Wednesday, December 09, 2009

The Worst Time to Die

When is death worst for you? Here are a few possible accounts of the harm of death, and the answers each imply:

(1) Pure Deprivation Account: death is worse for you the more (of a good future) it deprives you of. The worst time to die is thus the moment you come into existence.

(2) Discounted Deprivation Account: since what matters in survival is psychological continuity, death is worse for you the more it deprives you of future stages that are relevantly psychologically similar to your present self. Given that young children are drastically different, psychologically, from the adults they grow into, they are not so deprived by the loss of their adult stages as an adolescent or young adult would be. Depending on the precise details, we may expect this account to typically imply that young adults are most harmed by death.

(3) Present Preference Account: death is worse for you the more of your present preferences (e.g. for future goods or achievements) or projects it will thwart. This may vary drastically from person to person, but again we can at least expect that adults will typically be more harmed by death than small children, on this account.

#1 seems implausible to me. An earlier death is not always more tragic, even supposing that it thereby deprives one of more good times. Intuitively, it is more tragic to come close to some great success, only to lose it all at the last moment, than to die before one even had a chance to begin such an ambitious project.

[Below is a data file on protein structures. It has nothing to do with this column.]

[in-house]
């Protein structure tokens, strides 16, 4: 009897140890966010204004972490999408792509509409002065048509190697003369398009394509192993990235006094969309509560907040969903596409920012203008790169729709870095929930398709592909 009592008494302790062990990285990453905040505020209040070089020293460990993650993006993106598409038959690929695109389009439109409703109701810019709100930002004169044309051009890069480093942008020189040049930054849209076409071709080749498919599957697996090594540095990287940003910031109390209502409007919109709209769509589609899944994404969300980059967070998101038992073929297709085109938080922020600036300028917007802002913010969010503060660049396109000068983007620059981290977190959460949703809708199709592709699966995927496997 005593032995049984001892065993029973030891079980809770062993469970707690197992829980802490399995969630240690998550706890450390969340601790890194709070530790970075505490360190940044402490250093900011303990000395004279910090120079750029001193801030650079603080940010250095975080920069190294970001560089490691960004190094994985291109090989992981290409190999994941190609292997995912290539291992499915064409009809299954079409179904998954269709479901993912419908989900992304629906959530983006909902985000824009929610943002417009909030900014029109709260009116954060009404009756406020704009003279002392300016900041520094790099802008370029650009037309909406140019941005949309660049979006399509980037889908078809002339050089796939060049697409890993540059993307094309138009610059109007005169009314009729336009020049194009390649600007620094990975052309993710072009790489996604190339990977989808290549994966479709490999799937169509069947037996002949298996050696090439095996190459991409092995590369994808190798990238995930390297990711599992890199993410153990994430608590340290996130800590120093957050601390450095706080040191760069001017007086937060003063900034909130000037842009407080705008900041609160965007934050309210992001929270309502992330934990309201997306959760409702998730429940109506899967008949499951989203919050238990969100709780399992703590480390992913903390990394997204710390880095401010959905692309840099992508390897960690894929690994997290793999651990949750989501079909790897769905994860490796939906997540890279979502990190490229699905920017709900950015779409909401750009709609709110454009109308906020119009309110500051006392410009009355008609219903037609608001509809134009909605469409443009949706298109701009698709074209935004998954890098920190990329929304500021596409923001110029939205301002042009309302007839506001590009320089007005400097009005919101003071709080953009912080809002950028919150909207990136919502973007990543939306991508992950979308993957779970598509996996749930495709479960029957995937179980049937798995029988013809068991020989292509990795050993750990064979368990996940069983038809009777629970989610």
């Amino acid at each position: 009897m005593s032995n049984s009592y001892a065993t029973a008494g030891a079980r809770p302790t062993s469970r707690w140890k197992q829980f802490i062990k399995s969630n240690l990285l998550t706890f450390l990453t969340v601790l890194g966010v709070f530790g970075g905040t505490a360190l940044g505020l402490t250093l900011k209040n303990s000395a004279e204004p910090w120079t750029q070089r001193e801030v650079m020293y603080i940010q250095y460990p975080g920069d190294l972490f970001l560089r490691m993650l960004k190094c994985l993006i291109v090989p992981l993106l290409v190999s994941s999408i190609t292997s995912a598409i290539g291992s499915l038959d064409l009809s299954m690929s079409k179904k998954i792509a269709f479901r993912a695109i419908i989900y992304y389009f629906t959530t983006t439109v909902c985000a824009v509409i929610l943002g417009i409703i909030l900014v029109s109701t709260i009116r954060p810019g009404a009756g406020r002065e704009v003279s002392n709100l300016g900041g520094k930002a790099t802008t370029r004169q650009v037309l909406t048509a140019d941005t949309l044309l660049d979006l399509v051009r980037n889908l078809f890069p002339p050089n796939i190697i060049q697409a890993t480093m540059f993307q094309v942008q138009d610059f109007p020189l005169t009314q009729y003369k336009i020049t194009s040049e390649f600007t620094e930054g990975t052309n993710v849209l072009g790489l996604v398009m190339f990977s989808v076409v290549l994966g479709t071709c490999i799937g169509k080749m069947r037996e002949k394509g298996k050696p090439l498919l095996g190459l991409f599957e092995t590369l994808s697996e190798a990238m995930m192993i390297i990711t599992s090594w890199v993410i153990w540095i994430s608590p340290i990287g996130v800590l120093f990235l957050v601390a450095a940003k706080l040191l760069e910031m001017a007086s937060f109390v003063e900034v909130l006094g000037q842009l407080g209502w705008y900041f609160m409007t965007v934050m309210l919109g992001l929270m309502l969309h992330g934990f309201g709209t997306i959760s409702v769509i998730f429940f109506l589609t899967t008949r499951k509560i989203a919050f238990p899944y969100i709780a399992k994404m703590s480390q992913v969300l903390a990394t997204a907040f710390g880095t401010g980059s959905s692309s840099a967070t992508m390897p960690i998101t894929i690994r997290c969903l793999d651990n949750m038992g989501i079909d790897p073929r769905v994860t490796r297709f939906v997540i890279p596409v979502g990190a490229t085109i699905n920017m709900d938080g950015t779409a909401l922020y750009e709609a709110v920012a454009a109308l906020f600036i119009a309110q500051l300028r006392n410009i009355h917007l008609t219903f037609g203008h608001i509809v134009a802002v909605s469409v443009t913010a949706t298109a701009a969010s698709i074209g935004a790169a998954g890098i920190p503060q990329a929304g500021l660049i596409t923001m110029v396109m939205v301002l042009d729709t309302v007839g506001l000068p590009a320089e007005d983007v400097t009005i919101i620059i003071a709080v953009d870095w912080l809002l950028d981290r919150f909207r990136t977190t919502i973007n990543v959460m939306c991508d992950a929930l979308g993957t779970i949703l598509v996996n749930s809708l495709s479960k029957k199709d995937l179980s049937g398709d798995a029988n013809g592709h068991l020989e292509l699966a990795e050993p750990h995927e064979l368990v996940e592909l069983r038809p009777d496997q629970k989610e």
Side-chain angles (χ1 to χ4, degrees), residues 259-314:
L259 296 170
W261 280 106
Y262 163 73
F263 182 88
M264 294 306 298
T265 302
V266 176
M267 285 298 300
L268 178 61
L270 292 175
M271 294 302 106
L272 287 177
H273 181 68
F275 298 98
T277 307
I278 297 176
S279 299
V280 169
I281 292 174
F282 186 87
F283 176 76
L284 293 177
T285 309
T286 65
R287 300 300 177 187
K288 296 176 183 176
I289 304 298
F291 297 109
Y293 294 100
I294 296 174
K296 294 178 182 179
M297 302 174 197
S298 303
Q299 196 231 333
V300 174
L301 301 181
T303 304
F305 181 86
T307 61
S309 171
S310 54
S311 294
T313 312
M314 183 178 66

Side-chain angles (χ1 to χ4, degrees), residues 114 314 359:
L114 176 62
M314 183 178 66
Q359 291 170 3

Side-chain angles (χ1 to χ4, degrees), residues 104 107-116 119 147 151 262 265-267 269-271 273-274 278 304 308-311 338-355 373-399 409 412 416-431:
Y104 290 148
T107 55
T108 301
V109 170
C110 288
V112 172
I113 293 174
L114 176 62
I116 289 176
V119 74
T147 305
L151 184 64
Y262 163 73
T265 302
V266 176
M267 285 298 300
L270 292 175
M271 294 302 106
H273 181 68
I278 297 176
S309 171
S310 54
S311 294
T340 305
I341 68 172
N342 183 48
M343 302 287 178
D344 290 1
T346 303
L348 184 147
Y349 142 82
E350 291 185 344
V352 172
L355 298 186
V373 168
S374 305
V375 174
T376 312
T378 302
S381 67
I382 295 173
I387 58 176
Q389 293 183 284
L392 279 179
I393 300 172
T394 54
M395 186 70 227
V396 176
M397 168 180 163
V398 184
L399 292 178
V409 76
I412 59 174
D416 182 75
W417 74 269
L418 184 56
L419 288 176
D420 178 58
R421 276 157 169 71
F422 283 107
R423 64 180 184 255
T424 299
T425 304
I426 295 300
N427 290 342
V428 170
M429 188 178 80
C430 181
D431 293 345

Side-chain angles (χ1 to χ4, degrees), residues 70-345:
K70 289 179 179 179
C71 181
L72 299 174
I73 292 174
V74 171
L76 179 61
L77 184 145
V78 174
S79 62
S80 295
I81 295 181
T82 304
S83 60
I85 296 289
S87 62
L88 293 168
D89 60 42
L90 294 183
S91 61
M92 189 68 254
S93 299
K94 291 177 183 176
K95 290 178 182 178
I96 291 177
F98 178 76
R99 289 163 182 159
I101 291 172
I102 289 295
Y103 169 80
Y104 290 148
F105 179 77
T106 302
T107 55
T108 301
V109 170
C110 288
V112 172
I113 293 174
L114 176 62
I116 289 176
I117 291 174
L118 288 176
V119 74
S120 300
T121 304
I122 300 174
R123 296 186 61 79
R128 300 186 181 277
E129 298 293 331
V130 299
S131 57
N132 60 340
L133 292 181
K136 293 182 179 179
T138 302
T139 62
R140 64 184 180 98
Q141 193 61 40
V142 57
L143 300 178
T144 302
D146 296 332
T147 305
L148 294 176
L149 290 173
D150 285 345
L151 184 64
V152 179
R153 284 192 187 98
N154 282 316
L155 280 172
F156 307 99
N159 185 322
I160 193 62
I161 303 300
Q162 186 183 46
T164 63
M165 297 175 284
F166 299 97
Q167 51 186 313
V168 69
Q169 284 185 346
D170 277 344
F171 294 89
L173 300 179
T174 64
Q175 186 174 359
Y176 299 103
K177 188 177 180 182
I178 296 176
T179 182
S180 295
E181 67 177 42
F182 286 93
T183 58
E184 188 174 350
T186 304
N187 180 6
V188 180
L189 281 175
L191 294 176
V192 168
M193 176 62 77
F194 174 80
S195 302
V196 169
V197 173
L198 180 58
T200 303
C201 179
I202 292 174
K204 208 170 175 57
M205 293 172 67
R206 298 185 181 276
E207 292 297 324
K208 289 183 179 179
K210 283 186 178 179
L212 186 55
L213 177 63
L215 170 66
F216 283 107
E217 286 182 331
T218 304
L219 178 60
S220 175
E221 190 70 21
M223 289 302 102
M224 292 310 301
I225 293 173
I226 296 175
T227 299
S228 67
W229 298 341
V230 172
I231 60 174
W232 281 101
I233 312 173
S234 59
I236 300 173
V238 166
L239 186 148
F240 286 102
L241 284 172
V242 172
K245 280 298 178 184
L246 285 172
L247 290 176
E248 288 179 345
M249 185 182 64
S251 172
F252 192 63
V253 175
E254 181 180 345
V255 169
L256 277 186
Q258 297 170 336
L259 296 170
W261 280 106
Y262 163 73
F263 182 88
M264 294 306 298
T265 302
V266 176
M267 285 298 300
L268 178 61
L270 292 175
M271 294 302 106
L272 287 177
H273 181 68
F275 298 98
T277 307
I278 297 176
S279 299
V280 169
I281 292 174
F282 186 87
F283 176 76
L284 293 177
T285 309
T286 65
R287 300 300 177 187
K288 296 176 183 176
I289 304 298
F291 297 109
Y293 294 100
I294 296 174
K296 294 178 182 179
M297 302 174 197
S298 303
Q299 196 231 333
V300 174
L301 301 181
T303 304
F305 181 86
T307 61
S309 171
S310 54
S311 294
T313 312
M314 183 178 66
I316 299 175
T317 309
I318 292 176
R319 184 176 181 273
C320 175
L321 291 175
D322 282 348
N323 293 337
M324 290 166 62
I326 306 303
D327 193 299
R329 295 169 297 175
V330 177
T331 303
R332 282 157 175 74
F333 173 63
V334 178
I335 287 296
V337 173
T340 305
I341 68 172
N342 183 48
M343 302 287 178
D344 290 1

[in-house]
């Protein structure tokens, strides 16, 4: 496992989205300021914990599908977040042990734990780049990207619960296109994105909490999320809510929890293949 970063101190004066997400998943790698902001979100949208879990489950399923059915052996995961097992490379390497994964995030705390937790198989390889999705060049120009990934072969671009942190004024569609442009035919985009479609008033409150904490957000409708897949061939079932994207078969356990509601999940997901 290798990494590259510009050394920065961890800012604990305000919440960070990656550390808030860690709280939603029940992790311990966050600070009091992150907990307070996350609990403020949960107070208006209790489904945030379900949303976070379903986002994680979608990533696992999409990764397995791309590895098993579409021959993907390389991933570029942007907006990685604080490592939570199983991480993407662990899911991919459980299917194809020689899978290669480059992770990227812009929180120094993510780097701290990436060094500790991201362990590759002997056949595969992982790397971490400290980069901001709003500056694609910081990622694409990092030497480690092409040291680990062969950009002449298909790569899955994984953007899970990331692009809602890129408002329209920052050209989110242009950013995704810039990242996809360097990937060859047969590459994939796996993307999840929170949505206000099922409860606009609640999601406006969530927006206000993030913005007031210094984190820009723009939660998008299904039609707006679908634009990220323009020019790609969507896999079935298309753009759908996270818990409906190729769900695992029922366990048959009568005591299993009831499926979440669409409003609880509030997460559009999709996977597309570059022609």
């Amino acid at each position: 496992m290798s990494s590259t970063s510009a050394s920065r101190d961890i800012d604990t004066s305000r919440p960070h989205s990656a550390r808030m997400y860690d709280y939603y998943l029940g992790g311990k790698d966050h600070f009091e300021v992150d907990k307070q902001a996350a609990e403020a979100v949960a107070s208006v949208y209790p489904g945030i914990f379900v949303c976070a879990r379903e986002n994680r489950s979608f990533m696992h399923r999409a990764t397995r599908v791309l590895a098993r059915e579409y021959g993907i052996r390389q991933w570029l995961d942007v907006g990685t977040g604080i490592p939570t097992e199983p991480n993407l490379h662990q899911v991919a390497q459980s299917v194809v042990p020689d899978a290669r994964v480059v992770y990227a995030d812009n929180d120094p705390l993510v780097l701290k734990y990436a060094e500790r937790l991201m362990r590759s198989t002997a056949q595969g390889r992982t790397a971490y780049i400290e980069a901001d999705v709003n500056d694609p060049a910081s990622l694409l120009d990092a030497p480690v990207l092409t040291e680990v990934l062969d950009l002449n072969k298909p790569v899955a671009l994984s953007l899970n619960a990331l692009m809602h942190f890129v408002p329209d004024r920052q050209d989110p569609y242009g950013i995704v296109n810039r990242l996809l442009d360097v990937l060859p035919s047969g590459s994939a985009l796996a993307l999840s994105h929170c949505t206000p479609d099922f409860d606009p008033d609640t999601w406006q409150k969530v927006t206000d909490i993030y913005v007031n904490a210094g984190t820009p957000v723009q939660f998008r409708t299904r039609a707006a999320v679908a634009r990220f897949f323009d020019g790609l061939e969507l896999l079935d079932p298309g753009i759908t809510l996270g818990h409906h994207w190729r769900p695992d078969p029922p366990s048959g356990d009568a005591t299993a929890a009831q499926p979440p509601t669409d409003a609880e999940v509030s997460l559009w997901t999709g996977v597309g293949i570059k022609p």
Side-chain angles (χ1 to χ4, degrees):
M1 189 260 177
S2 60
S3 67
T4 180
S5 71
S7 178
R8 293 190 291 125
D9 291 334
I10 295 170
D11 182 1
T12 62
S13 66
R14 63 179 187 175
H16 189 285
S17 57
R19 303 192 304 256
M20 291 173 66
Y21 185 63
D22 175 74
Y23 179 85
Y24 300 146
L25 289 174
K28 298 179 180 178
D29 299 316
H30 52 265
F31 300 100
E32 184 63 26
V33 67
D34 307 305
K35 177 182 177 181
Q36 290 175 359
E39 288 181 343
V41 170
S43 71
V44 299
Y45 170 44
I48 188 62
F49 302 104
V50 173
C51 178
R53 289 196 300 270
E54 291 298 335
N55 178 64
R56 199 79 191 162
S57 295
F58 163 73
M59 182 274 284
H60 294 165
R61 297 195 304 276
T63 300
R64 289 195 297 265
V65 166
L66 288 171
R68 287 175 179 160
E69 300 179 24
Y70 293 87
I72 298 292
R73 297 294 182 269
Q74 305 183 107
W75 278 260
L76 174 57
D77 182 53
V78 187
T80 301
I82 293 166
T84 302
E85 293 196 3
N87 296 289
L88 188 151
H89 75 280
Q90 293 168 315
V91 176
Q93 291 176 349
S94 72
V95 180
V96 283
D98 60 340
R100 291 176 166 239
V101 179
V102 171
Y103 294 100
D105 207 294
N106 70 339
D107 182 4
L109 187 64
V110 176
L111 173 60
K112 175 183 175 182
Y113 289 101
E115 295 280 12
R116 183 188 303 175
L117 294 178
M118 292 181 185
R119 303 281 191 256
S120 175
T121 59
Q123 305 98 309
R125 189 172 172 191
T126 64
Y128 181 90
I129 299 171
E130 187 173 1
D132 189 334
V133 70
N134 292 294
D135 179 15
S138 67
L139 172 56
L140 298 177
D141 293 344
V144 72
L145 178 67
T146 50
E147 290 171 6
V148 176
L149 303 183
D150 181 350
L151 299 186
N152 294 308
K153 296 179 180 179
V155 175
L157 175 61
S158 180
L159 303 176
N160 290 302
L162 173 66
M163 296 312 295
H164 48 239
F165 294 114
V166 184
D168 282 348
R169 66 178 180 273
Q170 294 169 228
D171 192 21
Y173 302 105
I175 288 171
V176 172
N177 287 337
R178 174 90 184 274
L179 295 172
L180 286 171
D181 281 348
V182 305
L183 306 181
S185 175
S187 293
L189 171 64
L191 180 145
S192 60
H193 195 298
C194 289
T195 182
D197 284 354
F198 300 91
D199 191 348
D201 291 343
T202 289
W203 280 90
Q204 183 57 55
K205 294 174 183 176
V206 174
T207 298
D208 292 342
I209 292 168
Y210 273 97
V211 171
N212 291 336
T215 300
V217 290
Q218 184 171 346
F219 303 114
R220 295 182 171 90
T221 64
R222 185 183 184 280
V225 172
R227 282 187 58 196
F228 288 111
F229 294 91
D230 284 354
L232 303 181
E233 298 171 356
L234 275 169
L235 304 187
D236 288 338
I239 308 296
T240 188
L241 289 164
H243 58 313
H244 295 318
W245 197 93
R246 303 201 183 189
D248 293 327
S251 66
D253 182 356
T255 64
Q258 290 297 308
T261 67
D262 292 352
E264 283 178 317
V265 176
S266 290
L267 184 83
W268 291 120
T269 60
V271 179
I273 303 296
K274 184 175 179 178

The latter two accounts accommodate this intuition by holding that the ultimate success of one's projects wouldn't be (much of) a benefit to one's younger self anyway. We effectively deny the younger self full ownership of their distant future. Since you cannot be deprived of what you do not "own" (in the relevant sense) in the first place, we obtain the result that the younger self is not so harmed by death as we might otherwise have thought.

One difficulty with this view is that it sits poorly with the commonsense view that disciplining a young child now may be good for him on net, if it will bring him to have a better life in the distant future. If distant benefits are not benefits to this child, then our justifications would instead have to be impersonal and utilitarian: we discipline this young child for the sake of someone else -- the adult he will grow into. This is almost as counter-intuitive as the implication of #1 that we sought to avoid. Is there no way to accommodate both intuitions: that later deaths may be more tragic, and yet also that later benefits should indeed count as (significant, not excessively discounted) benefits to the younger self?

I think there is a way. The previous strategy sought to establish mature deaths as more tragic by discounting the harm done (the benefits lost) by childhood death. But there is another way to go here. We could hold fixed the deprivational disvalue of childhood death, and instead argue that additional harms are suffered in some cases of mature death. Some kind of pluralist account, combining #1 and #3 in appropriate proportions, might accommodate both intuitions.